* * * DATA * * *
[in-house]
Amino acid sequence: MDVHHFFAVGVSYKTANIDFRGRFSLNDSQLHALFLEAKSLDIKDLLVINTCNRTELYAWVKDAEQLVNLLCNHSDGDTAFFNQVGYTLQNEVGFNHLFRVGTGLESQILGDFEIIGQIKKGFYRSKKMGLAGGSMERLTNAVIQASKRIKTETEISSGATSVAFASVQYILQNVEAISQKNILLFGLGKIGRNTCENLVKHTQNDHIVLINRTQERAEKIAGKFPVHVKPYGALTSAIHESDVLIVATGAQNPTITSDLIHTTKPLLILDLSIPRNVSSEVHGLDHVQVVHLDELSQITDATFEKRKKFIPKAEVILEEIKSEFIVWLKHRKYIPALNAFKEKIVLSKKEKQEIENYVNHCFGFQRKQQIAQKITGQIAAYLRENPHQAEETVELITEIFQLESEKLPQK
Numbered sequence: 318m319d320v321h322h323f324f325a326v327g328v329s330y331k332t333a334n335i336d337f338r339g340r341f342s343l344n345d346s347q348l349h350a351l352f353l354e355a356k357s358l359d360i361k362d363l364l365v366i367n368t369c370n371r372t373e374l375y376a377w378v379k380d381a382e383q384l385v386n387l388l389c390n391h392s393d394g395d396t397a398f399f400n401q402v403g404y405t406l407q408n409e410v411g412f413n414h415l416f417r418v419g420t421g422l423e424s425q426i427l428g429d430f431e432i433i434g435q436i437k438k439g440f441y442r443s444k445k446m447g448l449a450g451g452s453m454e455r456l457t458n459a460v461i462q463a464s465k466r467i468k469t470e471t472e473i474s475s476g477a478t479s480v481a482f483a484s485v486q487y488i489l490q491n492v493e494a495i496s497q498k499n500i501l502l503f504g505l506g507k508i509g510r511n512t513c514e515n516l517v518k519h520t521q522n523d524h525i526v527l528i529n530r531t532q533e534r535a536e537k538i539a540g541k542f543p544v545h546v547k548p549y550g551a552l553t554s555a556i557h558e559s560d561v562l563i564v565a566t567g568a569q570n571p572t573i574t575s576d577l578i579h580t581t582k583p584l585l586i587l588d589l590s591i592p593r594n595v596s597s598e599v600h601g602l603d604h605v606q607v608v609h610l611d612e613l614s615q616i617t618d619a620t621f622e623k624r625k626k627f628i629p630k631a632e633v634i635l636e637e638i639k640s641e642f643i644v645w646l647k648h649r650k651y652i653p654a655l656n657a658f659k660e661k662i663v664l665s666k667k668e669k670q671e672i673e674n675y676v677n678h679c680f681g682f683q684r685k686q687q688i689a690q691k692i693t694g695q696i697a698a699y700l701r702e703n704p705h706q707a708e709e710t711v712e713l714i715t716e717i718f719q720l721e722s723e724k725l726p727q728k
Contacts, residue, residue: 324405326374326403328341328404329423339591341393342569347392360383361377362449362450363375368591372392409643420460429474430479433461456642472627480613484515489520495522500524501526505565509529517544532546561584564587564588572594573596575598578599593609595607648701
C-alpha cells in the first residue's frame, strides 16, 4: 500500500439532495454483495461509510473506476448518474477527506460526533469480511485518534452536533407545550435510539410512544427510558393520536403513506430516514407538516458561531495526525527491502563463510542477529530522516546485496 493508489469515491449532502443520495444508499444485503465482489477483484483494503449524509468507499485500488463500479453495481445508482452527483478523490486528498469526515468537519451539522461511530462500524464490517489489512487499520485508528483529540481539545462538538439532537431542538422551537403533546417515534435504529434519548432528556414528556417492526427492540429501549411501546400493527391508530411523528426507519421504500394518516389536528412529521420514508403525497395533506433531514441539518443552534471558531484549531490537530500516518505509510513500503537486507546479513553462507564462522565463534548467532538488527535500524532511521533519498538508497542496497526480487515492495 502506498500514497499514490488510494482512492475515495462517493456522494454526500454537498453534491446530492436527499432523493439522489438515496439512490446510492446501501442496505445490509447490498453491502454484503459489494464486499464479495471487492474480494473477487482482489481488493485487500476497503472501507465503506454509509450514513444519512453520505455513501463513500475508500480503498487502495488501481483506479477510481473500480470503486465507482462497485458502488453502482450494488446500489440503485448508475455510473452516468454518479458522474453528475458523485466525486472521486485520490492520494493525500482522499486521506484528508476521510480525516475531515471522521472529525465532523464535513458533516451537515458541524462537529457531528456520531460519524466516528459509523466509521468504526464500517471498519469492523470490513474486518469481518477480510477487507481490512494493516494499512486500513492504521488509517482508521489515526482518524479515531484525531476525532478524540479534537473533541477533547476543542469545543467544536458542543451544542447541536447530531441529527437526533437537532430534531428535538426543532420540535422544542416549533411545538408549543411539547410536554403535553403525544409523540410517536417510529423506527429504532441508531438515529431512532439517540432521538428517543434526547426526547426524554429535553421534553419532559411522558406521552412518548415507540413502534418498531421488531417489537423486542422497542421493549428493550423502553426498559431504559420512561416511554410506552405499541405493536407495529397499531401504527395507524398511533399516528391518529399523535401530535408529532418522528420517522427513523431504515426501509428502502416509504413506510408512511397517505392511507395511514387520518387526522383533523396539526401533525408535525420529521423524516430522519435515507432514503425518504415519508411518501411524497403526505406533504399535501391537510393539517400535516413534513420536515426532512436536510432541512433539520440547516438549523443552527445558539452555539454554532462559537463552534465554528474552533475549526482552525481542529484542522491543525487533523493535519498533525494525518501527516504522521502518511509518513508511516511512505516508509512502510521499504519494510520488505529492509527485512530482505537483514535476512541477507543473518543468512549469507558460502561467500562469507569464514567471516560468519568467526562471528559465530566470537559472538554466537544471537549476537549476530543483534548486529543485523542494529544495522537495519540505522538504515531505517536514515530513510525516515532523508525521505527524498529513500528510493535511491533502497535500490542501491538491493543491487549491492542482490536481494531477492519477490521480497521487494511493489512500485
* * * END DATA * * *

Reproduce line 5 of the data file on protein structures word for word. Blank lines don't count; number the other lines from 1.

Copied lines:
C-alpha cells in the first residue's frame, strides 16, 4: 500500500439532495454483495461509510473506476448518474477527506460526533469480511485518534452536533407545550435510539410512544427510558393520536403513506430516514407538516458561531495526525527491502563463510542477529530522516546485496 493508489469515491449532502443520495444508499444485503465482489477483484483494503449524509468507499485500488463500479453495481445508482452527483478523490486528498469526515468537519451539522461511530462500524464490517489489512487499520485508528483529540481539545462538538439532537431542538422551537403533546417515534435504529434519548432528556414528556417492526427492540429501549411501546400493527391508530411523528426507519421504500394518516389536528412529521420514508403525497395533506433531514441539518443552534471558531484549531490537530500516518505509510513500503537486507546479513553462507564462522565463534548467532538488527535500524532511521533519498538508497542496497526480487515492495 502506498500514497499514490488510494482512492475515495462517493456522494454526500454537498453534491446530492436527499432523493439522489438515496439512490446510492446501501442496505445490509447490498453491502454484503459489494464486499464479495471487492474480494473477487482482489481488493485487500476497503472501507465503506454509509450514513444519512453520505455513501463513500475508500480503498487502495488501481483506479477510481473500480470503486465507482462497485458502488453502482450494488446500489440503485448508475455510473452516468454518479458522474453528475458523485466525486472521486485520490492520494493525500482522499486521506484528508476521510480525516475531515471522521472529525465532523464535513458533516451537515458541524462537529457531528456520531460519524466516528459509523466509521468504526464500517471498519469492523470490513474486518469481518477480510477487507481490512494493516494499512486500513492504521488509517482508521489515526482518524479515531484525531476525532478524540479534537473533541477533547476543542469545543467544536458542543451544542447541536447530531441529527437526533437537532430534531428535538426543532420540535422544542416549533411545538408549543411539547410536554403535553403525544409523540410517536417510529423506527429504532441508531438515529431512532439517540432521538428517543434526547426526547426524554429535553421534553419532559411522558406521552412518548415507540413502534418498531421488531417489537423486542422497542421493549428493550423502553426498559431504559420512561416511554410506552405499541405493536407495529397499531401504527395507524398511533399516528391518529399523535401530535408529532418522528420517522427513523431504515426501509428502502416509504413506510408512511397517505392511507395511514387520518387526522383533523396539526401533525408535525420529521423524516430522519435515507432514503425518504415519508411518501411524497403526505406533504399535501391537510393539517400535516413534513420536515426532512436536510432541512433539520440547516438549523443552527445558539452555539454554532462559537463552534465554528474552533475549526482552525481542529484542522491543525487533523493535519498533525494525518501527516504522521502518511509518513508511516511512505516508509512502510521499504519494510520488505529492509527485512530482505537483514535476512541477507543473518543468512549469507558460502561467500562469507569464514567471516560468519568467526562471528559465530566470537559472538554466537544471537549476537549476530543483534548486529543485523542494529544495522537495519540505522538504515531505517536514515530513510525516515532523508525521505527524498529513500528510493535511491533502497535500490542501491538491493543491487549491492542482490536481494531477492519477490521480497521487494511493489512500485